'This collection, introduced by John McCallum, includes three previously unpublished works: Jonah, a Brechtian musical reinvention of Louis Stone's novel of the same name; Top End, a political drama set in Darwin during the Indonesian invasion of East Timor, and Lost Weekend which takes a class-based look at 'Australianess'. They are published together with Romeril's best-known play, The Floating World, the story of a returned serviceman's descent into madness on a cruise ship bound for Japan.
'Romeril's writing conveys the immediacy of the times that stems from his beginnings as an agitprop writer, but he focuses on everyday lives. The plays in Damage explore the twentieth century stresses and strains, the damage we do and the damage done to us.' (From the publisher's website.)
Series:Current Theatre SeriesCurrency Press
1983-series - publisher 'Current Theatre Series consists of Australian plays published with the program inserted and sold during theatre seasons. The aim of the series is to promote and encourage new dramatic writing and make it accessible to theatregoers and the public. The text is presented at the first day of rehearsal and does not contain changes which the author may choose to make after the play has commenced its present season - these will be incorporated into any new edition published by Currency.' Currency Press.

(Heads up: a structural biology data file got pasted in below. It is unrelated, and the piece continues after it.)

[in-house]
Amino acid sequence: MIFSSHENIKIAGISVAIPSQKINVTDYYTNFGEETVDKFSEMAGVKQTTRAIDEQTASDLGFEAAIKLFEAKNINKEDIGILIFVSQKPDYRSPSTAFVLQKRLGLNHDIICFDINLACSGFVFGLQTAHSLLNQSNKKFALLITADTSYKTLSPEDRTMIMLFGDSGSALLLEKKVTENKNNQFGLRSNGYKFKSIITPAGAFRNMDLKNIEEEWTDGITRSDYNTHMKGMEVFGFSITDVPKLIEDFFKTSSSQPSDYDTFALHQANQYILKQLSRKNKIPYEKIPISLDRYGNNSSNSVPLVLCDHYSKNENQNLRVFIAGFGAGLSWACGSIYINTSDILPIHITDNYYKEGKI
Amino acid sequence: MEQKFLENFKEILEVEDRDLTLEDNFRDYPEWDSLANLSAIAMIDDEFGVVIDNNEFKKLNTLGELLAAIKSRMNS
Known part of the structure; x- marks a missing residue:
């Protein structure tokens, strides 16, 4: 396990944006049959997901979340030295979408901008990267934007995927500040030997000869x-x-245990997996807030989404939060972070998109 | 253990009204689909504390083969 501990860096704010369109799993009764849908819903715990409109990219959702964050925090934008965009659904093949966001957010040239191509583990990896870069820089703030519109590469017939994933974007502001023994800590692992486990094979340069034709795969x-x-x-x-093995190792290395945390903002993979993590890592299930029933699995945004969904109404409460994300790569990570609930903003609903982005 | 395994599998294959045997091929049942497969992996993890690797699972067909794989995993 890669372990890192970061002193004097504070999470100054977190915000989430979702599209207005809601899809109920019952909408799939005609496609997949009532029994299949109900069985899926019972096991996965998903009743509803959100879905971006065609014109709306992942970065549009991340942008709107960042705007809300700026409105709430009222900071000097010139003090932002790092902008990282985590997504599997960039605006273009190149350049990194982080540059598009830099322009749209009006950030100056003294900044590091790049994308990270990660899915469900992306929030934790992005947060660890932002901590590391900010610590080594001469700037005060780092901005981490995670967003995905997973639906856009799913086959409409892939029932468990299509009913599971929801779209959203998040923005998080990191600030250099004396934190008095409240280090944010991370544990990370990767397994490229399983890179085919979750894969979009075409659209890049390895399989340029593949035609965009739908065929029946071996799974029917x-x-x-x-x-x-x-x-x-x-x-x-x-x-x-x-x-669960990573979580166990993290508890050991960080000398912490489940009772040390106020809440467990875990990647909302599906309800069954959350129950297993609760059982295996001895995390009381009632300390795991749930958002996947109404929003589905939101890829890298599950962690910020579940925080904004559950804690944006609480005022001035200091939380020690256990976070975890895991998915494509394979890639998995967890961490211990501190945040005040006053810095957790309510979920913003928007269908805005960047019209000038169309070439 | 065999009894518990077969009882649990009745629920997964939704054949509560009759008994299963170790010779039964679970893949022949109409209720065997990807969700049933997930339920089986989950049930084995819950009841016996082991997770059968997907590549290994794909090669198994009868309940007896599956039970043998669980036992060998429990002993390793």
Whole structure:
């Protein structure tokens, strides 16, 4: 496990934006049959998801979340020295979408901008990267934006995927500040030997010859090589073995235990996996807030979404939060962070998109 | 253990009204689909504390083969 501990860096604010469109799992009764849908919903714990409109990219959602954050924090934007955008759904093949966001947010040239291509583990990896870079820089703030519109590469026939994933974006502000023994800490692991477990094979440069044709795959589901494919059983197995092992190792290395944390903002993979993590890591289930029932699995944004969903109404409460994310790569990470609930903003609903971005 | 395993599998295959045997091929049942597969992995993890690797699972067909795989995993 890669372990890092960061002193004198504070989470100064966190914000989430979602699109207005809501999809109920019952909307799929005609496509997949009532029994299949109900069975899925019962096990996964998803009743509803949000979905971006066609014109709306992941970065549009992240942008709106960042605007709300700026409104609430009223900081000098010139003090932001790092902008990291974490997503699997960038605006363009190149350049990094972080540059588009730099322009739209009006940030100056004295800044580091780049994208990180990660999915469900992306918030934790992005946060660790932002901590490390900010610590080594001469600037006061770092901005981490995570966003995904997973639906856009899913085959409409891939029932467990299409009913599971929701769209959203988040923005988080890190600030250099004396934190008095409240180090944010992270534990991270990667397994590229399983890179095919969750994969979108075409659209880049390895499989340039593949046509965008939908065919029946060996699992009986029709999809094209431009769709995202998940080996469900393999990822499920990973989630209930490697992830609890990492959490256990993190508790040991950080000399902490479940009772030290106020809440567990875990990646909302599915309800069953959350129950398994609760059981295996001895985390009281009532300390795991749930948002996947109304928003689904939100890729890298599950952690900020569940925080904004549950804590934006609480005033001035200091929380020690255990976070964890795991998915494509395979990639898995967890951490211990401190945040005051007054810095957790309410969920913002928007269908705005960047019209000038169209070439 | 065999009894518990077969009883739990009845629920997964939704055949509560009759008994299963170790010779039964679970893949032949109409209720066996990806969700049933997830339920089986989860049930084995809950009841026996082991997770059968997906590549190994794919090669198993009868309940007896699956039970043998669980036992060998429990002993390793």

Held at:University of Queensland University of Queensland Library Fryer Library
Cultural Frictions: John Romeril's The Floating WorldHelen Gilbert,
2001single work criticism — Appears in:
Theatre Research International,vol.
12001;(p. 60-70)Hailed as an 'unruly masterpiece', John Romeril's The Floating World is one of the few 'new wave' Australian plays representing Australians and their Asian 'others' to be restaged periodically since its première in 1974. Paying particular attention to productions of the play that have used Japanese theatre forms such as kabuki and bunraku, this article focuses primarily on the ways in which the spectacle of race has been coded performatively by different directorial approaches, and how various significations of race have been interpreted by the critical establishment. The fascinating stage history of The Floating World is treated as a barometer of Australian theatre's response to the challenge of representing cultural conflict, during a period marked by public debate about the desirability, and inevitability, of Australia's political, economic and cultural 'enmeshment' with Asia.